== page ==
Loving Kindness Peaceful Youth: The Beginning
“All human beings carry the potential for peace within them, but we have to work to develop it.” — His Holiness the Dalai Lama
Have you ever received advice from your guru, and then later questioned yourself as to whether you could really fulfill their advice? In 2004 that happened to me.
I was volunteering in the FPMT Mongolia center at the time. I had been there for almost eighteen months, after offering my services to Lama Zopa Rinpoche in 2002. Before that I had been volunteering and traveling in India and Nepal for a few years. Mongolia was an amazing center to be involved in, but I was now twenty-five-years-old and wanted to return home to Australia, to my family and friends, the sunshine and beach.
I was fortunate enough to have a meeting with Lama Zopa Rinpoche and I mentioned my plans to return home, saying that I would always be happy to continue helping while I was home. I envisaged helping out at Buddha House and De Tong Ling (my FPMT centers in South Australia), secretly thinking that having offered service in Ulaan Baatar, (the coldest capital city in the world), nothing could be harder than that.
Well, I certainly was wrong!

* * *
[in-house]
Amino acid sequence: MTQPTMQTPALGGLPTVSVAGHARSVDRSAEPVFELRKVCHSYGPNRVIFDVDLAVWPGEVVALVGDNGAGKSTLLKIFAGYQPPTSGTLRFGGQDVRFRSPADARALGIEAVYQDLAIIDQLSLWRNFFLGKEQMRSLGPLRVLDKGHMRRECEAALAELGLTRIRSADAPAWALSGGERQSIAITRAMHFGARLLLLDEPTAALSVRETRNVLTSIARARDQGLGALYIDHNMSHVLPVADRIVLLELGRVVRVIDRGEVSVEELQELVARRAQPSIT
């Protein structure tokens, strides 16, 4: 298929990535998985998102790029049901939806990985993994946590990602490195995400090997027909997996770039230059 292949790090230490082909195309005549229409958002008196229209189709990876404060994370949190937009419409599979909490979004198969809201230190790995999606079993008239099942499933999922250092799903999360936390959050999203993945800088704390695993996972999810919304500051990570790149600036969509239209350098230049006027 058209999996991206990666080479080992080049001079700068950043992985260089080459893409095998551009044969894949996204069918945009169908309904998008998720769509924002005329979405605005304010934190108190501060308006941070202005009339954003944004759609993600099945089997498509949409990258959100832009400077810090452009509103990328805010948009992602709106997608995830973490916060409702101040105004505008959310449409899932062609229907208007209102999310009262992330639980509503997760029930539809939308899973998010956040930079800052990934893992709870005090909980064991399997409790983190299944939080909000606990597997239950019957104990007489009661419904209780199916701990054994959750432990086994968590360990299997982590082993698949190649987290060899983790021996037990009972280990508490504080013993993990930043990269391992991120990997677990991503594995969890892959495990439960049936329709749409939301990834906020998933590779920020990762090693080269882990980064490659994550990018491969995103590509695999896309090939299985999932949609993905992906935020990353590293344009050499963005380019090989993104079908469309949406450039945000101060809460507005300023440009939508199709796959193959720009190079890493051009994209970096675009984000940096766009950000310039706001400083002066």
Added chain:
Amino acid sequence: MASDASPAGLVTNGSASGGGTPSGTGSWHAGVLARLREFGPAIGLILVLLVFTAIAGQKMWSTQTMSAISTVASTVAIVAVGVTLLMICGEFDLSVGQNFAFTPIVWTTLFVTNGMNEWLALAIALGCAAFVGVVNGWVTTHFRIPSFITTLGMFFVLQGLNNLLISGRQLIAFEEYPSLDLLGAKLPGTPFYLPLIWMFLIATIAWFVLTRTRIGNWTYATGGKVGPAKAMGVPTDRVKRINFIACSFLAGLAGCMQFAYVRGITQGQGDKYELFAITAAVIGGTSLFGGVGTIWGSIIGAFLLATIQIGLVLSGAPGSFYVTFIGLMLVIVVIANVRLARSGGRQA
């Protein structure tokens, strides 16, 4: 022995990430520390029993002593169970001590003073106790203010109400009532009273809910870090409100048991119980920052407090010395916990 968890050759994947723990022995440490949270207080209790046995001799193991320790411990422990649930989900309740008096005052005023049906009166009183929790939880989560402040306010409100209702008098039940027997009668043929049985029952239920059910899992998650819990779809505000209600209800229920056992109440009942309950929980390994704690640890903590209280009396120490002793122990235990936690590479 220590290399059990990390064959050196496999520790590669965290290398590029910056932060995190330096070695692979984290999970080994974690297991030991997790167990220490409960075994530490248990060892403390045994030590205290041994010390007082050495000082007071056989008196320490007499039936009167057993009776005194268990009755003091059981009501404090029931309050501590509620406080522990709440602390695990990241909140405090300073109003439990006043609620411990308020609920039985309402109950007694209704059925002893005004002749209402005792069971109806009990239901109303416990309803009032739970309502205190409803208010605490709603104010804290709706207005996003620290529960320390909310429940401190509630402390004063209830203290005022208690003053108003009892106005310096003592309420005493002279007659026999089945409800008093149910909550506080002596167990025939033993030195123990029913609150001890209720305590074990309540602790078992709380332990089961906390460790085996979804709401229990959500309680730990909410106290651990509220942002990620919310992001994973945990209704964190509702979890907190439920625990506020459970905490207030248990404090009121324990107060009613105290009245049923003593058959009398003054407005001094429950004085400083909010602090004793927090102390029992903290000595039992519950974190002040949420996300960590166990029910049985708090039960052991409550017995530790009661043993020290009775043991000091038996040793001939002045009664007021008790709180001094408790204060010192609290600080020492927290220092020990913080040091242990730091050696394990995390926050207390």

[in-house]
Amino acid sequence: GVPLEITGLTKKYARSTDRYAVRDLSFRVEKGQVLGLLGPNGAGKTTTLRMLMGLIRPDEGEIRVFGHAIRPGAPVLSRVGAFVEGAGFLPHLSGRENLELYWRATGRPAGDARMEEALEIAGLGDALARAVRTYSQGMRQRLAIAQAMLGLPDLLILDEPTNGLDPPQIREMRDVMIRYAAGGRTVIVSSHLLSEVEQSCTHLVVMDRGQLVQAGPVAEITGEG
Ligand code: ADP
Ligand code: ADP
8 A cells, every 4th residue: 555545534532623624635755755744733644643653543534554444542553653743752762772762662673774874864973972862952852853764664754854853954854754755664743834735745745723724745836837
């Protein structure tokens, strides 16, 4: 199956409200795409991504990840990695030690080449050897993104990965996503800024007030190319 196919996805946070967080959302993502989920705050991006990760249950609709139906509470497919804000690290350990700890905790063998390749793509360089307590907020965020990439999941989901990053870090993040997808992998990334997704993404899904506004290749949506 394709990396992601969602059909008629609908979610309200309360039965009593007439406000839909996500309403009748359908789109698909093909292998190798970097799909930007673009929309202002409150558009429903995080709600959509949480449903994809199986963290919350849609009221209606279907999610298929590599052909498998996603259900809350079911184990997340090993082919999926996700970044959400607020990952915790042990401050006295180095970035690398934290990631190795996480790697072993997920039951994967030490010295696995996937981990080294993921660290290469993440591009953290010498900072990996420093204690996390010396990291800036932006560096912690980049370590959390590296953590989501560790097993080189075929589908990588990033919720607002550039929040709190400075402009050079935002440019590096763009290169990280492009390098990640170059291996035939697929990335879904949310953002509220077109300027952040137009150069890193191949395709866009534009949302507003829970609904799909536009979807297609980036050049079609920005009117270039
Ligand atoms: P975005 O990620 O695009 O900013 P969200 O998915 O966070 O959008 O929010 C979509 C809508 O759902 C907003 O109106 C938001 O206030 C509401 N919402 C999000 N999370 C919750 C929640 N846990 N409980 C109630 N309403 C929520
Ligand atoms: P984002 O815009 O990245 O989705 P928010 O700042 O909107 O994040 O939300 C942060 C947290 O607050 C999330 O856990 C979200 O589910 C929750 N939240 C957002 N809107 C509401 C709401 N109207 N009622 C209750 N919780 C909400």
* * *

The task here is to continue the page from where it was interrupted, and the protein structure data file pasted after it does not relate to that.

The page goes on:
Rinpoche was in Mongolia teaching at EEC4 [Enlightenment Experience Celebration 4], which I was coordinating. During his teachings Rinpoche mentioned a new organization that he wanted to start for young people, called Loving Kindness Peaceful Youth (LKPY), which would use the tools of Essential Education to teach young people of all religions and countries the principles of the ‘good heart.’
“You teach young people loving kindness, the result is peaceful youth, and as youth are the next generation, the result is a peaceful world,” Rinpoche explained. I heard it briefly while rushing around organizing things and I remember thinking, “Wow, that sounds pretty interesting; it will be amazing when that happens,” but I didn’t give it much more thought, as EEC4 was keeping me very busy.
However, during my meeting, Rinpoche mentioned the youth organization again, and asked if I would be interested in setting it up. Instantly my dream of relaxing on sunny beaches in Australia and occasionally volunteering at the local Dharma centers disappeared, and when I said yes, I would try, the very next thought that came to my mind was – how?
How was I going to set up a new international organization that was not Buddhist, but is based on the Buddhist principle of loving kindness, and also make it attractive to young people of all countries and all beliefs?
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This article is an excerpt of the full article printed in Mandala